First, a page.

Coronavirus and its Relationship to Federalism
The Coronavirus Pandemic in Political Context
We are now into the ninth month since the Coronavirus broke out to Wuhan, China. While China has now lifted its lock down with no new cases of Corona, the number of cases in the United States continues to climb. The Federal Government has taken a number of different positions on the origins and severity of the virus which the World Health Organization is now calling a pandemic.
In our study of State and local government, the biggest issue is how the states address the needs of the people of the state. In the American system of government, there are two equal jurisdictions of government: Federal and State. These two jurisdictions were designed to be equal, but the Civil War from 1861-1865 determined that they were not really equal because if any state or group of states decided it wanted to leave (secede from) the United States, it could not do that without a war. When the Southern States formed a new country called the Confederate States of America, the Northern States said, OK, if you don’t come back into the union, we’ll have to force you. What followed was the bloodiest war ever fought in the United States.
Since that time, the balance of power really lies with the federal government, although the federal government would like states to pay for as much as it can to relief the financial burden on the federal system. That means there is a constant dispute about who is going to pay for what. This is where the Coronavirus crisis comes into the discussion. A good example is in New York where the Governor has said repeatedly to the President of the United States: We cannot afford for all these necessary items to fight the Coronavirus: Masks, Ventilators, Hospital space. You, the federal government, have more resources, including the armed forces and the ability to tax and raise revenue, than we do on the state level. And the President said was: We’re not a shipping agent, the states have to do more for themselves.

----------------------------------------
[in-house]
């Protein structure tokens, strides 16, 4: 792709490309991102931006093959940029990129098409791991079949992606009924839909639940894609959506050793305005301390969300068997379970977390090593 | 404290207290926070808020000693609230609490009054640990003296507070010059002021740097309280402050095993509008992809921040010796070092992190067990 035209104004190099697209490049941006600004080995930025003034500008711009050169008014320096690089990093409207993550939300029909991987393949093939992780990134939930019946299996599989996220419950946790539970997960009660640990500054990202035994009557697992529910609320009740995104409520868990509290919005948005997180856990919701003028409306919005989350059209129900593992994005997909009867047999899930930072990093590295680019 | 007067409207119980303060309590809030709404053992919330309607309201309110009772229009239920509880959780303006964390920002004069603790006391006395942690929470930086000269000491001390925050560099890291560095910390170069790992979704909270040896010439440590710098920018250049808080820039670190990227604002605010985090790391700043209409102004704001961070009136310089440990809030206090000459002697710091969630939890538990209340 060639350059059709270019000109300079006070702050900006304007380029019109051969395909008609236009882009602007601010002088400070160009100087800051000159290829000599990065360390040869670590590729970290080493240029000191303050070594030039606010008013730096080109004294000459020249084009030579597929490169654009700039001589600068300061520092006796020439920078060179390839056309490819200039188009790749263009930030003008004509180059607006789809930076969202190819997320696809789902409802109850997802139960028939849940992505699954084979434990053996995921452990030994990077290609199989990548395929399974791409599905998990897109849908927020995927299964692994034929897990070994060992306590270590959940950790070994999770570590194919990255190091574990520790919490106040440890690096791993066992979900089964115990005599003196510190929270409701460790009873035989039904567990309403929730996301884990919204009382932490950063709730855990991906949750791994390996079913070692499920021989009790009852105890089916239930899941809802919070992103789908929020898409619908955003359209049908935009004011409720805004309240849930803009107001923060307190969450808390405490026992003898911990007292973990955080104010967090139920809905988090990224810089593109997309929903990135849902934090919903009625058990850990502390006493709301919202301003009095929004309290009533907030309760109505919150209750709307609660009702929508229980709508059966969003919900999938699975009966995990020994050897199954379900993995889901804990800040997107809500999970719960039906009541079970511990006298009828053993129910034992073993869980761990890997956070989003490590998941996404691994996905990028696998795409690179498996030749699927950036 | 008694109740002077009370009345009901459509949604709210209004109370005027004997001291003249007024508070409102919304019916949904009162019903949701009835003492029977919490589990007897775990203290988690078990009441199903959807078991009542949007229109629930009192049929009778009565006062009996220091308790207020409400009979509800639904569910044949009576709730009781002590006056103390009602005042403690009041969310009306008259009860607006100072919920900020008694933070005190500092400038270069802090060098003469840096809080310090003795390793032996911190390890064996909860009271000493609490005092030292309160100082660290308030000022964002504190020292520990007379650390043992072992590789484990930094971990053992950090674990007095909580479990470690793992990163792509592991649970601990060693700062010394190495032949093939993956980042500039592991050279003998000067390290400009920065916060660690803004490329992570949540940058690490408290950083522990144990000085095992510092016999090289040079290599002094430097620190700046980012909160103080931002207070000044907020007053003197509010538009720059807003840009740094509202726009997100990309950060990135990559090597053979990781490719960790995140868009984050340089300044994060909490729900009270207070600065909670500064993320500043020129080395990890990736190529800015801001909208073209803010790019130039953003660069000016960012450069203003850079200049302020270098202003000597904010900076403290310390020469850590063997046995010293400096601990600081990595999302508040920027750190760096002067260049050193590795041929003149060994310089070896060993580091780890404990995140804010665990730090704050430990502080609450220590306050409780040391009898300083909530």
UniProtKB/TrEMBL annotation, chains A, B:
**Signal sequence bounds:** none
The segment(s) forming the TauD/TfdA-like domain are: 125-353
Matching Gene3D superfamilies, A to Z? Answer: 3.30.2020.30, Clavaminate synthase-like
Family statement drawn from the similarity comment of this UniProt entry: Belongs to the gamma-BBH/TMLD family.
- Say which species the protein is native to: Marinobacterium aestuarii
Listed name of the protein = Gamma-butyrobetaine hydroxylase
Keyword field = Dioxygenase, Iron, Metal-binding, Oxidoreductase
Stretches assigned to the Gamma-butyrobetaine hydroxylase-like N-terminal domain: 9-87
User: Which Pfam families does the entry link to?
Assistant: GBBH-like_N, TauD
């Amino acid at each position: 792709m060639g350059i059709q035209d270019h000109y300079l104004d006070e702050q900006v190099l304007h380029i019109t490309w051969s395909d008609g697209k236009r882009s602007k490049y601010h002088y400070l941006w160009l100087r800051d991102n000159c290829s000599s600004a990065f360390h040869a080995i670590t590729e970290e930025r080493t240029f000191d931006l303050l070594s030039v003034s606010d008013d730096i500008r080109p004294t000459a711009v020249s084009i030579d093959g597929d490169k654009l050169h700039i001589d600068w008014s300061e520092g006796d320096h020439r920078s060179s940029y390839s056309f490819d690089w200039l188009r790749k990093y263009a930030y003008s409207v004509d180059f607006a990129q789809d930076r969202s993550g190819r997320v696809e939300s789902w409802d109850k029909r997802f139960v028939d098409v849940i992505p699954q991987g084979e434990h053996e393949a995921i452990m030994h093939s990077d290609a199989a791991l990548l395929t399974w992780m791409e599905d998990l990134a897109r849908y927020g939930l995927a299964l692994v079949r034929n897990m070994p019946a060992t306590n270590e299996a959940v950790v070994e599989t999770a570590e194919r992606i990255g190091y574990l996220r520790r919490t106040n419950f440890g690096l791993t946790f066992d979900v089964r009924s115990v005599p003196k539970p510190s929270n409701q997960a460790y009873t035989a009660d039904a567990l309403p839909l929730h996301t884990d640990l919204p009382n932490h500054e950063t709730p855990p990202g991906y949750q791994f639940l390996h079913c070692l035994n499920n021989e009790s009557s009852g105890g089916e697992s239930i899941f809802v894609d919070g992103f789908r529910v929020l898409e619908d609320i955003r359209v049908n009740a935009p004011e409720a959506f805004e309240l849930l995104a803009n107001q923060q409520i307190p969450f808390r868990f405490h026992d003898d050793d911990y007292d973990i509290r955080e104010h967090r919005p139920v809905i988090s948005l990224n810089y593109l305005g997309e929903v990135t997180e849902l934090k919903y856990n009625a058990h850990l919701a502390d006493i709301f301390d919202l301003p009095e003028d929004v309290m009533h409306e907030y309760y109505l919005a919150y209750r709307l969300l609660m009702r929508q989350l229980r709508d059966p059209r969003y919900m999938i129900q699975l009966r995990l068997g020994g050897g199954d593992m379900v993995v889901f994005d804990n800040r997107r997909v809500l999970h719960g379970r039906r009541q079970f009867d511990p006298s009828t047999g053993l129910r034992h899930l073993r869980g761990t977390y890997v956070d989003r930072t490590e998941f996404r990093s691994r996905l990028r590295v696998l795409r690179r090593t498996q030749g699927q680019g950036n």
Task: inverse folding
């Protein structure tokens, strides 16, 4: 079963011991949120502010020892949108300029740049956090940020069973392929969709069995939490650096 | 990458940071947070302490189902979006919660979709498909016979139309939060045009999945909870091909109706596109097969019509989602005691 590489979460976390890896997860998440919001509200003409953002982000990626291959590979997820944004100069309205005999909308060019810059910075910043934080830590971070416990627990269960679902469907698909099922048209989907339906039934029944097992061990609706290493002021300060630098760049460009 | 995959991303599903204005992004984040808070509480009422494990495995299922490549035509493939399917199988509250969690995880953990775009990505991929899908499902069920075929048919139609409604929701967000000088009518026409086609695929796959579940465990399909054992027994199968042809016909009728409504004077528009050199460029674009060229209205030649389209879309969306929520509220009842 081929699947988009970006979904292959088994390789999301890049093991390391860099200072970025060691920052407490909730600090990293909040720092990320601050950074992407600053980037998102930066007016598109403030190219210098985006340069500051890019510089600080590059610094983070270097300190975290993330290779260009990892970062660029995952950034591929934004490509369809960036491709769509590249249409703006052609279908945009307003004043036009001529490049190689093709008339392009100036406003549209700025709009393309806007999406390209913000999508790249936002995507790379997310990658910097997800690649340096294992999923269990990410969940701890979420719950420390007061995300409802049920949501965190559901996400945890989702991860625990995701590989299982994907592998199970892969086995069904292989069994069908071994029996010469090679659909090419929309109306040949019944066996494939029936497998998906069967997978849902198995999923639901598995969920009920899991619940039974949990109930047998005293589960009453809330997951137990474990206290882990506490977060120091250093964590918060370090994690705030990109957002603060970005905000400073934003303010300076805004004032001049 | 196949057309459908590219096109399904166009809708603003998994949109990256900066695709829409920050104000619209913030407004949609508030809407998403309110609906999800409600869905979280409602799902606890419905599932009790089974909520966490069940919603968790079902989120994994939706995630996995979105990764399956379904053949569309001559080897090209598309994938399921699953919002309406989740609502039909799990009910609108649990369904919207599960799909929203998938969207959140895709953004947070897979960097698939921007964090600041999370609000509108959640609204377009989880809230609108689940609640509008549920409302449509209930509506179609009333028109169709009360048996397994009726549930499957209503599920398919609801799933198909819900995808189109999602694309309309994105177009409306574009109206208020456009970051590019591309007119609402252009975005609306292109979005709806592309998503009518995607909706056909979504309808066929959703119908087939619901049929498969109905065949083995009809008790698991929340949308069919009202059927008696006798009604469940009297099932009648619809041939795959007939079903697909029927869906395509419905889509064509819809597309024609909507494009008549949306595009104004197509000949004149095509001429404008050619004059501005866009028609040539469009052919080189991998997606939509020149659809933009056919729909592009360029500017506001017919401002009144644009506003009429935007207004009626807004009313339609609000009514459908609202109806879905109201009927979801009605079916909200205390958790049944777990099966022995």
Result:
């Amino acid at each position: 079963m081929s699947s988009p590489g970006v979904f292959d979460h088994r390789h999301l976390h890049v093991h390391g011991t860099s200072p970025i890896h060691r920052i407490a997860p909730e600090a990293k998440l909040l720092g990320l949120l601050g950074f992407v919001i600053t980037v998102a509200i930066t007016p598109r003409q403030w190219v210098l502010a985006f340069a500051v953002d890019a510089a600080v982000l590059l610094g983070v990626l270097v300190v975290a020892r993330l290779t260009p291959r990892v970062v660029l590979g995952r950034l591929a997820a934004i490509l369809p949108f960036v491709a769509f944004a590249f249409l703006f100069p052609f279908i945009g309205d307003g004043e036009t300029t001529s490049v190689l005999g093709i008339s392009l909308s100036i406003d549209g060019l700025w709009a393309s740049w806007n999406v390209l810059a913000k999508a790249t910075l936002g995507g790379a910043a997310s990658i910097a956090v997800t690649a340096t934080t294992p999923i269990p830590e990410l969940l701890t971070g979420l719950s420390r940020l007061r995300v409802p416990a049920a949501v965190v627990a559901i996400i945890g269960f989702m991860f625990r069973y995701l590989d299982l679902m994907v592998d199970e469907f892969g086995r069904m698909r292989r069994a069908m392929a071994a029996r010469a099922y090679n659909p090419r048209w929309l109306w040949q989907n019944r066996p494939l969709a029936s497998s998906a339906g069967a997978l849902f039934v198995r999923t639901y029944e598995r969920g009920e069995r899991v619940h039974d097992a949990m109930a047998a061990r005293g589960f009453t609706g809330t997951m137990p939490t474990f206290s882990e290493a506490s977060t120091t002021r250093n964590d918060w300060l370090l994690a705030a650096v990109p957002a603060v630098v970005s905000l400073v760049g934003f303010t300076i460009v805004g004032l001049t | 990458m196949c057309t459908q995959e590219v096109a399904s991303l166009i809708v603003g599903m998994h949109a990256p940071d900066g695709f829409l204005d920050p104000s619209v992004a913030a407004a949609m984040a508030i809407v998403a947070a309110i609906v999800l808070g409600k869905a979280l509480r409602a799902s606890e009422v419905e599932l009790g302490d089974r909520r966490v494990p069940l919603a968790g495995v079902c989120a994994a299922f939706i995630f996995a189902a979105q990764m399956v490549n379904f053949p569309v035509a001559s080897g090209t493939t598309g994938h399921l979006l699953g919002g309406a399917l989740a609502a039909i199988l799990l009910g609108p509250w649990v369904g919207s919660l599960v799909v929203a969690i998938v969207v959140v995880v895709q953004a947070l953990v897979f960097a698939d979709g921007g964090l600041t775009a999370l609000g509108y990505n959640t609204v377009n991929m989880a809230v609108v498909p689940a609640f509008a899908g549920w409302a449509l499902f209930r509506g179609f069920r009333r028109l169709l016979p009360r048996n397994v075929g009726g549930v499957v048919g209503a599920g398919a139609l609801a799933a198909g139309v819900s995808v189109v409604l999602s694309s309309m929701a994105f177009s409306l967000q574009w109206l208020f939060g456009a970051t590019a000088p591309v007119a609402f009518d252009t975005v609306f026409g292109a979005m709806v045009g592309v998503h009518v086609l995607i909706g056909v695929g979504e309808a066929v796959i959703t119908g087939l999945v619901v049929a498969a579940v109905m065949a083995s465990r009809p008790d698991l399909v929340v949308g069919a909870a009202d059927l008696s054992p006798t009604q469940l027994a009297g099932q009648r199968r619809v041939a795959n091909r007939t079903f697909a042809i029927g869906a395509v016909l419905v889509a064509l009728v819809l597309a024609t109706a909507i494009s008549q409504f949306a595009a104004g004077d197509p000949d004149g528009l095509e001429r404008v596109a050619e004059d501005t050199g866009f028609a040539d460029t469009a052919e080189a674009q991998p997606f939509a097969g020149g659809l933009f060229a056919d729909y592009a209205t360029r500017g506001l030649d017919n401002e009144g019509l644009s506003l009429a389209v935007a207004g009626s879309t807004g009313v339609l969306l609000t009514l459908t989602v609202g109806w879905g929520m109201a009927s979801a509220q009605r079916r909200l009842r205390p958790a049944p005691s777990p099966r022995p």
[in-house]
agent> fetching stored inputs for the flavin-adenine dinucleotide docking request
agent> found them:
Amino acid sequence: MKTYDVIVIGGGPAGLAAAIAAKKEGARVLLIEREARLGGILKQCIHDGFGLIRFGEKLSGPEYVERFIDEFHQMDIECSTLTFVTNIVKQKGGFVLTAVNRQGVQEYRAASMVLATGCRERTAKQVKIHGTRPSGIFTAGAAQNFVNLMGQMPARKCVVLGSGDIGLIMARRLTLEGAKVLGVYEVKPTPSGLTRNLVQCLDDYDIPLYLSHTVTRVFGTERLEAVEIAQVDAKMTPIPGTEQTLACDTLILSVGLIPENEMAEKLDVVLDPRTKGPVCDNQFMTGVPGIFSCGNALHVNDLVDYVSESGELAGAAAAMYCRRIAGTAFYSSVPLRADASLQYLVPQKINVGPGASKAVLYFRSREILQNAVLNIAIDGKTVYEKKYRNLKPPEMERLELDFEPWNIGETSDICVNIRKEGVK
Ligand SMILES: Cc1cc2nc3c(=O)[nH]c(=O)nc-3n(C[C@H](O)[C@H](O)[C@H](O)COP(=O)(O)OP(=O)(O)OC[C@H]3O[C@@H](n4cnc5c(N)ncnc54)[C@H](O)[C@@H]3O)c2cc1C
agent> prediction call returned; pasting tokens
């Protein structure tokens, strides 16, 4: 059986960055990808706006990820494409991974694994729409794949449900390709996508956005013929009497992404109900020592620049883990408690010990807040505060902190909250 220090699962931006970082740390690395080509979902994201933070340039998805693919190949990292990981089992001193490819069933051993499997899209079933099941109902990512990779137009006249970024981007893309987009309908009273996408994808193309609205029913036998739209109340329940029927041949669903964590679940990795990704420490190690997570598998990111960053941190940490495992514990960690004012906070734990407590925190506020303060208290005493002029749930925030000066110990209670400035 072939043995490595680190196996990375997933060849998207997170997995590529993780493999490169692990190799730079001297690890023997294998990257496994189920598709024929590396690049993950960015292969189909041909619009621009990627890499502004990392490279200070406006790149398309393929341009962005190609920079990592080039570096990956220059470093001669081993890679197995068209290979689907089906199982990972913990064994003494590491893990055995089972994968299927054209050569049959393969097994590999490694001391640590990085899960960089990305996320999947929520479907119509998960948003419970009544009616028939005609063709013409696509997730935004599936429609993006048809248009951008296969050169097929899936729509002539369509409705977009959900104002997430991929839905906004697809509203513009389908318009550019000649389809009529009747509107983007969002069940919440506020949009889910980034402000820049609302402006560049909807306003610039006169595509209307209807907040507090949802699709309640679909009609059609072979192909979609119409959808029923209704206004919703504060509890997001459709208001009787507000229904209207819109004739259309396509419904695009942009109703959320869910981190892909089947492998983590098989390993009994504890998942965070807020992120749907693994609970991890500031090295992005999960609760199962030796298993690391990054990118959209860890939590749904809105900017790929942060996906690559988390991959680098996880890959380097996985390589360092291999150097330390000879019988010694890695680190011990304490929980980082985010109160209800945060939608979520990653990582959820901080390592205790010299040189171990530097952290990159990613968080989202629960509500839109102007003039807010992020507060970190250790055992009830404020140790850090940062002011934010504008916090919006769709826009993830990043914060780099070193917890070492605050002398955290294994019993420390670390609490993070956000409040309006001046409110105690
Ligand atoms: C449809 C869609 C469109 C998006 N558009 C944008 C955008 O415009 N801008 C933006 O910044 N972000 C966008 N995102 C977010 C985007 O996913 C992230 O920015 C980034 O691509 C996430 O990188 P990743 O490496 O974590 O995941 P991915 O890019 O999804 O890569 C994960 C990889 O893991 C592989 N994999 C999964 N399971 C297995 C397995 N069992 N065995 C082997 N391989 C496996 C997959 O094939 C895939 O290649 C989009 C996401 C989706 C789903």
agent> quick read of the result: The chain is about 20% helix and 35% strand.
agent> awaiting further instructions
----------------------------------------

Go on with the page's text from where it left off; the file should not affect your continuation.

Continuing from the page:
This ttug-of-war over resources and obligations has gone on for years in the United States and is contentious even in good times. In the event of a national crisis such as the Great Depression in the 1930s or the Second World War in the 1940s, one side, the federal government in Washington, D.C. took charge and handled the distribution of goods and services from command centers in the White House and in federal agencies and offices. The government issued directives and demands on the population to follow the lead of the government to meet the needs of the crisis. In World War II, food was rationed and strict guidelines were issued on what and on much people could buy and use. No one questioned the orders because they were needed to fight the war. The global pandemic has been compared to a war, even by the President. The issue becomes what is being done to confront this enemy. It has beome a major battlefield between the two jurisdictions–federal and state. Please keep this in mind as you answer the discussion questions.